Madrid Fusion was held from 27 to 29 January at the Palacio Municipal de Congresos in Madrid. Some congressional figures give an idea of its importance and international projection: Madrid Fusion has had 3,500 visitors daily, of which 150 were foreign journalists in addition to another 500 professionals of national press. There have been 57 international speakers from 15 countries, more than 100 domestic and foreign chefs in total.

These are the highlights of what has been Madrid Fusion 2014 and trends in food that will arrive:

1 – The importance of local products and the binomial restaurant-small producers in the area. This is a growing trend worldwide. This was demonstrated by the chefs from Peru, Bolivia and Chile, which explained their agreements with market gardeners and farmers.

2 – Products of the orchard: a trend in the world of gastronomy, green, healthy and natural cuisine with products consumed directly, without going through cold rooms.

3-: Congress, as usual, held a charity auction of two specimens of black truffle from Soria. Were acquired by Andrea Tumbarello (restaurant Don Giovanni) and the Iberostar group in 3.000 to 5,000 euros each. In addition, the chef from Soria, Óscar García Marina, gave a presentation about the truffle and the soul of the mushrooms.

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4 – Great chefs in action. Every big name in Spanish cuisine went through Madrid Fusion to showcase their latest creations: David Muñoz, Quique Dacosta, Arzak, Joan Roca, Eneko Atxa or Ángel León, among others, who dazzled attendees with their edible luminescent bacteria.

5.- Winners: Madrid Fusion holds various competitions, such as the Revelation Restaurant, which went to Montia, (El Escorial) with Daniel Ochoa and Luis Moreno. David Muñoz and Gert de Mangeleer (three Michelin stars each) were chosen as the best chefs in Europe.

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6. – Vanguard and Tradition: Madrid Fusion is a showcase of the culinary art, but this year has combined the most advanced talks with a tribute to the tradition in the kitchen. At Madrid Fusion presentations have been added to the Taste of Spain, where great chefs have praised products such as legumes, hunting or cod.

7 – The Bullipedia: Ferrán Adriá and his team presented the Bullipedia, which is guessed as a key instrument for the work of young chefs like a virtual culinary encyclopedia.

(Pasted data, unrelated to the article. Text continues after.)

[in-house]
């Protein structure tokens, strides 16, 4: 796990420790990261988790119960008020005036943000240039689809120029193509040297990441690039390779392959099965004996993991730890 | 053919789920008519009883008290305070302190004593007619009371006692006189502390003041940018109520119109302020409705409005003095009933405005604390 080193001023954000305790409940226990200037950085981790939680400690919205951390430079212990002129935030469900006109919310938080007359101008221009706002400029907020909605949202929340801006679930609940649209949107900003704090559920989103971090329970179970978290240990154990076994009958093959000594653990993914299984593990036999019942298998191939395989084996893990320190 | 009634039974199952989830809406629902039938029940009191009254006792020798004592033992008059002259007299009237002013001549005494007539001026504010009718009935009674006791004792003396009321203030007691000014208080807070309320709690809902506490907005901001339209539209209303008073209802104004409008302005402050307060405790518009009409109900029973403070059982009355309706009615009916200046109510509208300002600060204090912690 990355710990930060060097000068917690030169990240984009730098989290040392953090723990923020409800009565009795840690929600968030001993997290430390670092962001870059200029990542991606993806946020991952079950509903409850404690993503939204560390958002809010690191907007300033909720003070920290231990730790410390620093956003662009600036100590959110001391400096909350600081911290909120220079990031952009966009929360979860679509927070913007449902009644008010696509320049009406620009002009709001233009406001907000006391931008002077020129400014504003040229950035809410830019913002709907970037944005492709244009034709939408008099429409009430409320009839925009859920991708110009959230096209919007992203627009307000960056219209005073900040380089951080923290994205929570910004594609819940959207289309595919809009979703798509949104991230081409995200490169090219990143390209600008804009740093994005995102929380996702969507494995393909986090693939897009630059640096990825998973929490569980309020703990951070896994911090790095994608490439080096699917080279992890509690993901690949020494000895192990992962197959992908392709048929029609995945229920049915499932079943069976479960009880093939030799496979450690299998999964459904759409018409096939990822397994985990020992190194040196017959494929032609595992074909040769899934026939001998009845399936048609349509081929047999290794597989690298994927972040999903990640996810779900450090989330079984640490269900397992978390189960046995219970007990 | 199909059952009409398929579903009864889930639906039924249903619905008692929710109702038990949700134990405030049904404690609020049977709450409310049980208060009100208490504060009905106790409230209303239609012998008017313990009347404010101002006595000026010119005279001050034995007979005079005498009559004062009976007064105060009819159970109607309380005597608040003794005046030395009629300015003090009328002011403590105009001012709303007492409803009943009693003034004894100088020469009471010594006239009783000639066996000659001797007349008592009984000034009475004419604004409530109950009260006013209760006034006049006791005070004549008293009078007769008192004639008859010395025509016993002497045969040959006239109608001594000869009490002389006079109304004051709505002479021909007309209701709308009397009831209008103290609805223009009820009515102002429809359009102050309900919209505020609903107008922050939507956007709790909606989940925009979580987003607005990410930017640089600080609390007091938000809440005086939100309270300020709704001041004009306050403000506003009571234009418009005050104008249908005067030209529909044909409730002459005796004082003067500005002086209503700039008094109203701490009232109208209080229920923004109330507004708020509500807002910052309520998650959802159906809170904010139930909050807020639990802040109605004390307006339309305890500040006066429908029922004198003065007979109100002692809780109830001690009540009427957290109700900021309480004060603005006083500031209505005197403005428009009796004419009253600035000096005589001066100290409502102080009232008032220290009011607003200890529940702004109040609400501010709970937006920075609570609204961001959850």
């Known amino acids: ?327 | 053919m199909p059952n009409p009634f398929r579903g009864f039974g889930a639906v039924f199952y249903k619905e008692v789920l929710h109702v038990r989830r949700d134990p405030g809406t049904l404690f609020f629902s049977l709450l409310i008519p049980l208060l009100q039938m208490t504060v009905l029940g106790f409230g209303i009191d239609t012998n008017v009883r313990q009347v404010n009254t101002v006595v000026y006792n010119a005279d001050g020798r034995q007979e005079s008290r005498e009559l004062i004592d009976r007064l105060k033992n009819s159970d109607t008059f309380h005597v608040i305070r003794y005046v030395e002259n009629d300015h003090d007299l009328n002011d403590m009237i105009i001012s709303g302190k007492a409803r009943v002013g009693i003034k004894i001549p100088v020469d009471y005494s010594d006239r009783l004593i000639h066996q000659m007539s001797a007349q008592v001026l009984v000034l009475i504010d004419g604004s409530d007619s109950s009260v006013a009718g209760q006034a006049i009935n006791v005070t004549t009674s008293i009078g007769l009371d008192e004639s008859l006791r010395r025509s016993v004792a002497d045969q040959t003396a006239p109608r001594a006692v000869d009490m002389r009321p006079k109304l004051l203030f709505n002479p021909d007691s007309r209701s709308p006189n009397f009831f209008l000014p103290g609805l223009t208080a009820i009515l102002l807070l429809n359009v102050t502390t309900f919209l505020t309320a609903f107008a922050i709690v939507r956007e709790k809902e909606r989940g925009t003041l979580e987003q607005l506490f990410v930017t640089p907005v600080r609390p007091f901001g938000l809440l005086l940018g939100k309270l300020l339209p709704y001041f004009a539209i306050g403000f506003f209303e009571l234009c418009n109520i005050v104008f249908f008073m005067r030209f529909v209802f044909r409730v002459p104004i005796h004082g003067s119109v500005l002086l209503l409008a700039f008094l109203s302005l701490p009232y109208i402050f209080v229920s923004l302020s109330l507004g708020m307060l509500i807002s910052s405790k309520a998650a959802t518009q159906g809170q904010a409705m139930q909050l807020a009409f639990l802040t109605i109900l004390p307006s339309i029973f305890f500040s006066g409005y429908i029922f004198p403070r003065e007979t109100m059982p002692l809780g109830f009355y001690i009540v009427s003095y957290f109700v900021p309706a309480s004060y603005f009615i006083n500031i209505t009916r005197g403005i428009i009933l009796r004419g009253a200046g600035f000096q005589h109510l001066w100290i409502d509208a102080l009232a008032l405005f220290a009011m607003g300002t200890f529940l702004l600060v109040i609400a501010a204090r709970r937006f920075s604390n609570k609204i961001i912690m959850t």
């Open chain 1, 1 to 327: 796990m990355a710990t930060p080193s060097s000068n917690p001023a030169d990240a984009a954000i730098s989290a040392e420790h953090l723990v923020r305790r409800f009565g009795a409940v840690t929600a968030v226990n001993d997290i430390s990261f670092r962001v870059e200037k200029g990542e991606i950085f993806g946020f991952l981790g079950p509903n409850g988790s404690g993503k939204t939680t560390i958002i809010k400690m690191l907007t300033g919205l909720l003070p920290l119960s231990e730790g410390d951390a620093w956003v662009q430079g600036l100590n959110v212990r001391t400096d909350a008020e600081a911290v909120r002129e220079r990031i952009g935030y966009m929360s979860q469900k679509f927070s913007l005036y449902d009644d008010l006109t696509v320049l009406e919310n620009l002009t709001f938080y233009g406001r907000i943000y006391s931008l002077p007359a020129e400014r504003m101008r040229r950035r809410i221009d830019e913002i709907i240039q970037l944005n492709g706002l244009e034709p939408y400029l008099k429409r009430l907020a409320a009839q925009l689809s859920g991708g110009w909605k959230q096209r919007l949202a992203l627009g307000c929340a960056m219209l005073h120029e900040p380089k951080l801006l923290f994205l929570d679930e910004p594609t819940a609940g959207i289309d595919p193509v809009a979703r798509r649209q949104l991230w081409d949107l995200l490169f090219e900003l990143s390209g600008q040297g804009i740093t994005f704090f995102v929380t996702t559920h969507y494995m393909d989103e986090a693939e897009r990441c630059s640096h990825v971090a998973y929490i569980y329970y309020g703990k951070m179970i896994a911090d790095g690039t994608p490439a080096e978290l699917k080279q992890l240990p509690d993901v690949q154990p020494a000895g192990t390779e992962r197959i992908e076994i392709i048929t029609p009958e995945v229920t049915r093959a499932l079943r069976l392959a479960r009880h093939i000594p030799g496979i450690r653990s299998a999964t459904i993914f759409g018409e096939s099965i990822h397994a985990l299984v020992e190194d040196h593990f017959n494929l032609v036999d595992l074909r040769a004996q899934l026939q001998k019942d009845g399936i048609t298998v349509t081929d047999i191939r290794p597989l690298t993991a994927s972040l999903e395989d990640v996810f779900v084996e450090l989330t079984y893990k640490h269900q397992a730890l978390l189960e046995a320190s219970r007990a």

Angel-León-Madrid-fusion-2014

8 – Tapas: another trend that is consolidated in the world. One of the clearest examples, the chef José Andrés and his group Think Food Group, who said: “We have to celebrate and be proud of where we come from”, claiming the Spanish cuisine in miniature.

9 – Design and communication: food processing companies have to be distinguished in order to gain a foothold in the market. This requires not only enough to have a good product: the design and how to position it are vital.

FITUR2014 gastronomia nota prensa madrid fusion

10 – Enofusión. Parallel to Madrid Fusion, where winemakers, restaurateurs, distributors, sommeliers, journalists and fans of the wine culture have shared during these three days is celebrated unforgettable experiences. One of the highlights was the tasting of three wines in the Parker 100 points list.

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Jump into the legumes lovers club with PNW Farmers Co-op

Legumbres modificada

Elena F. Guiral 

January, legumes time. Anyway, every month of the year. Legumes are a essential ingredient of Spain culinary heritage, due to their high content in proteins and carbs and to their affordability.

Legumes were associated in my country during a long time with fat, high cholesterol and unhealthy meals due to their traditional association with pork ingredients as tocino, chorizo and morcilla. Luckily this myth is down nowadays and bean, garbanzo beans and lentils are recovering their role in our cooking dishes again as a realy vesatile ingredient that will fuel you for hours.

I´m happy to see that legumes are more common nowadays into the American diet too although I see them most of the time in Hummus and Lentil Soup.

Luckily a few months ago I found through Twitter PNW Farmers Co-op Specialty Foods, a  cooperative based in Spokane that sells Eastern Washington and North Idaho production. Legumes are winter crops, resistant to ice and drought, so they are perfect to that area agricultural idiosyncrasy

I´ve always thought that the best way to be respectful with Mother Nature is to eat less meat, more veggies and local production. PNW Farmers Co-op mission fits perfectly with my idea, as Kim and me have discussed many times.

So I´m proud to share with you our particular collaboration with this cooperative. They will provide me ingredients to play in my kitchen and I will provide them new recipes most of them from our traditional Spanish heritage. And both of us will show you that preparing new dishes from dry legumes is easy, fun and healthy.

Ironically, many of the products that PNW Farmers Co-op has sent are new to me, like caviar lentils, so It´s going to be a trip full of discoveries for everybody. Do you want to join me?

Where you can buy PNW Farmers Co-op legumes 

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Truffle from Soria: the Spanish black diamond

IMG_4250The black truffle, or Tuber melanosporum , is a winter fungus appreciated in restaurants for its special aroma and flavor it brings to all kinds of dishes, bringing nuances that reflect the essence of the land and forest. Despite its scarcity and high price, the demand for truffle growing every day.